It’s All About Connection

A line of shipping containers marking the border between the US and Mexico in a hilly, arid landscape

On November 15, 2022, I stood on a high ridge south of Tucson, AZ. I was on a field trip with the board and staff of Wildlands Network, a US-based non-profit organization dedicated to creating a continental movement to protect nature.

Far below us, flatbed trucks stirred up the dust as they carried shipping containers off into the distance. My heart sank as I watched dozens of containers being stacked, two high, along the border with Mexico. From my time on Wildlands Network’s Board, I knew that this barrier would block the movements of endangered local jaguars.

Although on federally protected land that is designated as critical habitat for the big cats, the Coronado National Memorial, nothing was being done to stop the illegal erection of a ‘border wall’ by the outgoing governor of Arizona, Doug Ducey. Other wildlife whose habitat is bisected by the illegal wall which, unlike the federal wall, has no gaps for wildlife movement, include javelina, white-tailed deer, black bear, and many other species. We were there to witness this event and to support Wildlands Network staff who were working to try to stop it.

Beginning in the 1960s, a new environmental movement arose that sounded the alarm about pollution, habitat destruction, and the threats facing native plant, animal, bird, and fish species. This movement built on the work of 19th and early 20th centuries to establish a system of national parks and protected areas in Canada, the US, and Mexico. As human understanding of biological systems grew, conservationists realized that protecting individual species or setting aside landscapes, no matter how large, would be insufficient to ensure the long-term survival of vulnerable wildlife populations. Rather, what was needed were networks of interconnected lands that were managed to ensure the ability of healthy populations to move between them.

Wildlands Network (originally called the Wildlands Project) emerged in the early 1990s in response to this understanding. Based on the science of conservation biology, Wildlands Network seeks to establish large, interconnected networks of protected lands in Canada, the U.S., and Mexico. Such a network will help to prevent biodiversity loss and promote climate change resilience while empowering communities across North America to safeguard their wild spaces. To help advance this ambitious goal, Wildlands Network focuses its efforts on three continental-scale landscapes that it calls ‘wildways’: the Pacific Wildway, stretching from the south coast of British Columbia to the Baja Peninsula; the Western Wildway, encompassing the spine of the Rocky Mountains from Alaska to northern Mexico; and the Eastern Wildway, extending from the Canadian Maritime provinces to Florida. Within these large geographies, Wildlands Network works with myriad public and private partners to create the conditions in which healthy wildlife populations can move and thrive.

Specific strategies pursued by the 30+ staff and volunteers of Wildlands Network include advocating for the protection of local ecosystems; advancing policies at the local, state, and national level to reduce threats or increase protection for wildlife; advocating for wildlife over- and under-passes to facilitate the safe movement across roads and protect human travelers; and working with local communities to pursue more sustainable economies.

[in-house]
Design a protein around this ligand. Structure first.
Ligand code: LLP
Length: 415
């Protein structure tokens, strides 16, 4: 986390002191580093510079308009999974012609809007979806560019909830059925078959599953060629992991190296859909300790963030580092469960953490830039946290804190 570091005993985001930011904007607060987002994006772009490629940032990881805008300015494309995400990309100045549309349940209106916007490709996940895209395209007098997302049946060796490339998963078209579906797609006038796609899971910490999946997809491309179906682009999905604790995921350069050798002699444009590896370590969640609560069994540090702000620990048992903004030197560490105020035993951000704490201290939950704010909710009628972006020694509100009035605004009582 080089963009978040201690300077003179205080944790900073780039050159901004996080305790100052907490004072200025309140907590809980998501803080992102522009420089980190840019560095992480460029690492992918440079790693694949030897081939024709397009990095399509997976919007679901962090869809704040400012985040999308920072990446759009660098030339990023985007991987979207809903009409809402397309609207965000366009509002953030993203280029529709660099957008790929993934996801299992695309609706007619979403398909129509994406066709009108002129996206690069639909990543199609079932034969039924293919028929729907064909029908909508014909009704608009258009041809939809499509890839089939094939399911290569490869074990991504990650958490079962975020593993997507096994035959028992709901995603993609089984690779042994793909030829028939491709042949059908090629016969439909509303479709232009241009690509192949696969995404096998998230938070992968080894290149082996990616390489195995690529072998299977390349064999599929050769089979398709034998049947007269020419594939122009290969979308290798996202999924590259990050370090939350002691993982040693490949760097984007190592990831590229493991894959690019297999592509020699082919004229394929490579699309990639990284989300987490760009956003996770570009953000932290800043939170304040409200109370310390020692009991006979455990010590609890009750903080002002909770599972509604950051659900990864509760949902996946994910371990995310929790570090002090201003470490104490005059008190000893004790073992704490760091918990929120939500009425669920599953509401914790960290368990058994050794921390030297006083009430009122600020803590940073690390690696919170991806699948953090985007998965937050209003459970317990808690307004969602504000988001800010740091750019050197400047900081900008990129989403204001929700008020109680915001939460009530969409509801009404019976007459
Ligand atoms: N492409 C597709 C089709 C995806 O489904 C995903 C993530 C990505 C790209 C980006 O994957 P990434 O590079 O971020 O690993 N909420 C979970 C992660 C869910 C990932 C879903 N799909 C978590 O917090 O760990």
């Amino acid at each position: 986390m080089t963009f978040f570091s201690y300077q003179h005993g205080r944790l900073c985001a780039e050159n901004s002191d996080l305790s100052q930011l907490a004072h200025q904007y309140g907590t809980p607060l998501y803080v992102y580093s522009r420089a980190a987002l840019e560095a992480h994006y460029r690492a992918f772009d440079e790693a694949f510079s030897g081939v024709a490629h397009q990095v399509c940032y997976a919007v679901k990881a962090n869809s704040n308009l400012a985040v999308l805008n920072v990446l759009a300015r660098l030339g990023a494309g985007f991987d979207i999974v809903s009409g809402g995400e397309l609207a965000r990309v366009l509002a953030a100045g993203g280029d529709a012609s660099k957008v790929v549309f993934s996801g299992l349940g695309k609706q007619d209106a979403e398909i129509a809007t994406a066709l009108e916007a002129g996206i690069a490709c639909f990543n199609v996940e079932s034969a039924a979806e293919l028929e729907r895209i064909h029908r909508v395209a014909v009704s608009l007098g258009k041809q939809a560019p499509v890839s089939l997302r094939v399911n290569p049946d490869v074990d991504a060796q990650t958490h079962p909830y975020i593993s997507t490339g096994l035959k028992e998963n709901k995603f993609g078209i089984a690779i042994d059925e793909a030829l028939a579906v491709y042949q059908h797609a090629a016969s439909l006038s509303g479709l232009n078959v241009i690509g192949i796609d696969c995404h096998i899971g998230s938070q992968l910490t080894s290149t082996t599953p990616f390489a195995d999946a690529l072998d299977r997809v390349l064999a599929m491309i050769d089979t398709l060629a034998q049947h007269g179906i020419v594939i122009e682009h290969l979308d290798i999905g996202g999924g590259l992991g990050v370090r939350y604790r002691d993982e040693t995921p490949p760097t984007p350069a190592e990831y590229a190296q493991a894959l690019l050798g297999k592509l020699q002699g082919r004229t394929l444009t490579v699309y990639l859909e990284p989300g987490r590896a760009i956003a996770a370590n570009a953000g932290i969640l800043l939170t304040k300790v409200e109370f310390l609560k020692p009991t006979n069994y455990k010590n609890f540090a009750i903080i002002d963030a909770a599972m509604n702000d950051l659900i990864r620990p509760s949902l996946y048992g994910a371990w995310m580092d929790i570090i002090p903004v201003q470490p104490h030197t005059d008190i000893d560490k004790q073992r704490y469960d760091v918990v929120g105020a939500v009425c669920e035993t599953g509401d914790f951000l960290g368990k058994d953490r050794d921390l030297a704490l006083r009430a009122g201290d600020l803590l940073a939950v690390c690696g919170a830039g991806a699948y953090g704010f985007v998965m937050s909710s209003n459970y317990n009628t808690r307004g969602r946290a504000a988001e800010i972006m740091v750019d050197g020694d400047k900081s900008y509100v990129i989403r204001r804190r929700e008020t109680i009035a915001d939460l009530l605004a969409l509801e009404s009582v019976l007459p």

Over its 30-year history, the Wildlands Network has led or contributed to numerous gains for conservation, including securing $350 million in the latest federal Transportation Bill to reduce wildlife vehicle collisions; promoting wildlife connectivity bills in 11 states; protecting 79,000 acres of forest in eastern North Carolina, defending the recovery program for critically endangered red wolves in the US Southeast; and undertaking original research to support wildlife overpass locations on several major highways. Wildlands Network has been the inspiration or incubator for several other large landscape efforts, including the Yellowstone to Yukon Conservation Initiative, the Western Landowners Alliance, and the Staying Connected Initiative in the Northern Appalachian Mountains.

As this blog was going to press, we received the news that Wildlands Network’s and allies’ efforts to stop and reverse the ‘container’ wall were successful!

Wildlands Network and Earthfire Institute share the same goals: to heal our planet and restore the balance between humans and nature. Earthfire’s work to help people reconnect with wild creatures is strengthening the web of supporters for the rewilding work being led by Wildlands Network. While each organization pursues its own mission and programs, they can support and reinforce each other’s efforts in a way that amplifies and expands what each can individually achieve.

Picture of Wendy Francis

Wendy Francis

Wendy has spent most of her career advocating for wilderness and wildlife. Her love of nature was nurtured during her childhood in Ontario, where all weekends and summer holidays were spent outside in neighborhood woods or at the family cottage near Algonquin Provincial Park. Trained in biology and law, Wendy served at senior levels leading wildlife or wilderness protection campaigns with the Canadian Parks and Wilderness Society (CPAWS), Ontario Nature, the Yellowstone to Yukon Conservation Initiative, and the Sunshine Coast Foundation. She currently serves as the president of the Wildlands Network. Wendy is a member of the Earthfire Institute Advisory Circle.

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